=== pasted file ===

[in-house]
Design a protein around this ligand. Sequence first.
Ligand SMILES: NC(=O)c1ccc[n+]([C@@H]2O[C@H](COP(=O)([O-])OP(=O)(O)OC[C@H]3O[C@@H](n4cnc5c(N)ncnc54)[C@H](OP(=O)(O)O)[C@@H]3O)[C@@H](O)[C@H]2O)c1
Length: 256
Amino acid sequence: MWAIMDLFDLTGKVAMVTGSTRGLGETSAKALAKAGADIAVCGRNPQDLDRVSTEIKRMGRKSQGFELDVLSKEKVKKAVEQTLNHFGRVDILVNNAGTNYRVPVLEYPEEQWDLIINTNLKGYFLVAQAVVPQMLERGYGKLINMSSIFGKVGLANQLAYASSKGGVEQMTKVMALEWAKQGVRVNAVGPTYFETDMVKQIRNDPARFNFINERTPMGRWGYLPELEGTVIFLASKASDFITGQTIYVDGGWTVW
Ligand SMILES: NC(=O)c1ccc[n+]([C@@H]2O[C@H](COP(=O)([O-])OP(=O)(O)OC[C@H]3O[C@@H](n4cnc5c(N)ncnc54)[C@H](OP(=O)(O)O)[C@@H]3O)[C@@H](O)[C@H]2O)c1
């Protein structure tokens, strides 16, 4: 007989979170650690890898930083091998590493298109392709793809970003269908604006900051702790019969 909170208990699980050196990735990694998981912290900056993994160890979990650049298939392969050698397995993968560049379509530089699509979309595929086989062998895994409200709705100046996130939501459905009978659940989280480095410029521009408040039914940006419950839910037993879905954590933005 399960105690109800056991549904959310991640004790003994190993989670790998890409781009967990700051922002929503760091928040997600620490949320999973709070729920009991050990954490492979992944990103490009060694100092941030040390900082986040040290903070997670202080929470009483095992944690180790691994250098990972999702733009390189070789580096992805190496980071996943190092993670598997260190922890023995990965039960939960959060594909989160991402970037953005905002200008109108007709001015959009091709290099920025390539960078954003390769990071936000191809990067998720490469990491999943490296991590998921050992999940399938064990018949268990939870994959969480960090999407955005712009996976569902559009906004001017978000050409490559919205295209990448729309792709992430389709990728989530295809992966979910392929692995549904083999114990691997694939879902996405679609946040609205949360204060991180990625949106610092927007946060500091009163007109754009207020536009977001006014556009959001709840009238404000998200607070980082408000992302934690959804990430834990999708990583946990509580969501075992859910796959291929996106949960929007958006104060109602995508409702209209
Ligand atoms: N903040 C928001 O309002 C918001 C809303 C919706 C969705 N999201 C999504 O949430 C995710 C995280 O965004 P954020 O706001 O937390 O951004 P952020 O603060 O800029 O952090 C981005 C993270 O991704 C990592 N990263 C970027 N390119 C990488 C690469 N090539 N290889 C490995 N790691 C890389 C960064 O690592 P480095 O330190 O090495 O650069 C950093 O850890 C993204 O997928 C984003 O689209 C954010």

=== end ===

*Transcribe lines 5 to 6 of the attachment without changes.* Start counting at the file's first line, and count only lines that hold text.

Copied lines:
Amino acid sequence: MWAIMDLFDLTGKVAMVTGSTRGLGETSAKALAKAGADIAVCGRNPQDLDRVSTEIKRMGRKSQGFELDVLSKEKVKKAVEQTLNHFGRVDILVNNAGTNYRVPVLEYPEEQWDLIINTNLKGYFLVAQAVVPQMLERGYGKLINMSSIFGKVGLANQLAYASSKGGVEQMTKVMALEWAKQGVRVNAVGPTYFETDMVKQIRNDPARFNFINERTPMGRWGYLPELEGTVIFLASKASDFITGQTIYVDGGWTVW
Ligand SMILES: NC(=O)c1ccc[n+]([C@@H]2O[C@H](COP(=O)([O-])OP(=O)(O)OC[C@H]3O[C@@H](n4cnc5c(N)ncnc54)[C@H](OP(=O)(O)O)[C@@H]3O)[C@@H](O)[C@H]2O)c1